A composite section of more than 30,000 feet of Mesozoic and Cenozoic rocks is present in the Nipomo quadrangle, San Luis Obispo County, California, ranging from the characteristic but heterogeneous mixture of Jurassic Franciscan rock types to a few remnant patches of upper Pliocene Careaga Formation.

Mudstone and conglomerate of the Lower Cretaceous Jollo Formation with Buchia pacifica Jeletzky and Jurassic Franciscan group locally containing B. piochii (?)(Gabb) are unconformably overlain by Upper Cretaceous Carrie Creek Formation (new name). Acila demessa from this Upper Cretaceous formation dates the sequence of sandstone, siltstone, and conglomerate west of the Nacimiento fault as middle Coniacian to uppermost Campanian.

The early Tertiary (i.e., Zemorrian to Relizian) marine Vaqueros, Rincon, and Point Sal Formations are thin and discontinuous in most places and display changes in facies from clastic sedimentary rocks to basaltic and andesitic lavas or to tuffs of the Obispo Formation. Middle and upper Miocene rocks of the Monterey (Luisian to upper Mohnian) and Santa Margarita (upper Mohnian to upper Delmontian or “Repettian”?) Formations are characterized by sandy or in places oytser- and echinoid-rich eastern facies and siltstone or silty claystone western facies largely devoid of macro-invertebrate fossils.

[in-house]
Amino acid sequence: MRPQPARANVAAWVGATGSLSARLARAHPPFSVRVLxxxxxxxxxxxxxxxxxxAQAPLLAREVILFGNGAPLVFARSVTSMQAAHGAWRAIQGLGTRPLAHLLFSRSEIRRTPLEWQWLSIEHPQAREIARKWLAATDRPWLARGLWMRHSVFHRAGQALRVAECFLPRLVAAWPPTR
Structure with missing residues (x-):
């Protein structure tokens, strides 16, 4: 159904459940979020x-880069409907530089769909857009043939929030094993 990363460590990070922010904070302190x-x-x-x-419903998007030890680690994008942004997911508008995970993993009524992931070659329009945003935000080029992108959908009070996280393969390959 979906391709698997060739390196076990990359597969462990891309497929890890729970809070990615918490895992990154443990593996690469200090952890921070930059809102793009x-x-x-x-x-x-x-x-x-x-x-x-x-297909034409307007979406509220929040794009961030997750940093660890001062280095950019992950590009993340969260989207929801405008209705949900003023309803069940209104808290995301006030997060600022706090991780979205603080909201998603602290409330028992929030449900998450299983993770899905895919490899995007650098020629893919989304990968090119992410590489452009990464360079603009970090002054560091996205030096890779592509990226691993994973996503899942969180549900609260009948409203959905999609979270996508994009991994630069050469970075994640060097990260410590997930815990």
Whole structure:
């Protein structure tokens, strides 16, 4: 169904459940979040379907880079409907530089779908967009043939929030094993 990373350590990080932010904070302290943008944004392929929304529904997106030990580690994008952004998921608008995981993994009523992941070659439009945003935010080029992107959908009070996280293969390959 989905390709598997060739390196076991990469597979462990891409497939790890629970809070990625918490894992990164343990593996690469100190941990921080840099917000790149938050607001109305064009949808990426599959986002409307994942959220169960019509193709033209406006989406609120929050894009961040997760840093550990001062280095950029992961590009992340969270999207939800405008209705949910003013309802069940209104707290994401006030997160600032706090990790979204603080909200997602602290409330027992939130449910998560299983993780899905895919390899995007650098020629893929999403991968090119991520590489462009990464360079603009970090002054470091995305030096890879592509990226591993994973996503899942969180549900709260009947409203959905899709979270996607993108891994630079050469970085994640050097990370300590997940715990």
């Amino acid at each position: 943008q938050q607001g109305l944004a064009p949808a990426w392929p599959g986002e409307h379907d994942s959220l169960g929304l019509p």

The Huasna syncline which lies between the East and West Huasna faults and 35 miles west of the San Andreas fault is the dominant structural feature of the area. Many smaller folds are near the bordering faults.

Although the major Huasna faults and the Nacimiento fault which occurs in the eastern part of the quadrangle are conspicuous features, evidence is not conclusive as to the history of their movement. Axial traces of folds along the West Huasna fault, different rock types or facies relationships and thicknesses of the Monterey Formation exposed on opposite sides of the fault, and offset contacts within the fault zone suggest strike-slip and probably left slip. The East Huasna fault also has a probable strike-slip component because of the marked differences in stratigraphy and facies on its opposite sides, and drag features suggest right slip. Movement along the Nacimiento fault zone may have begun near the end of or after Upper Cretaceous sedimentation. Owing to its apparently long and complex history, several periods or types of movement may have occurred. The last record of movement in this area is post-late Miocene reverse slip.

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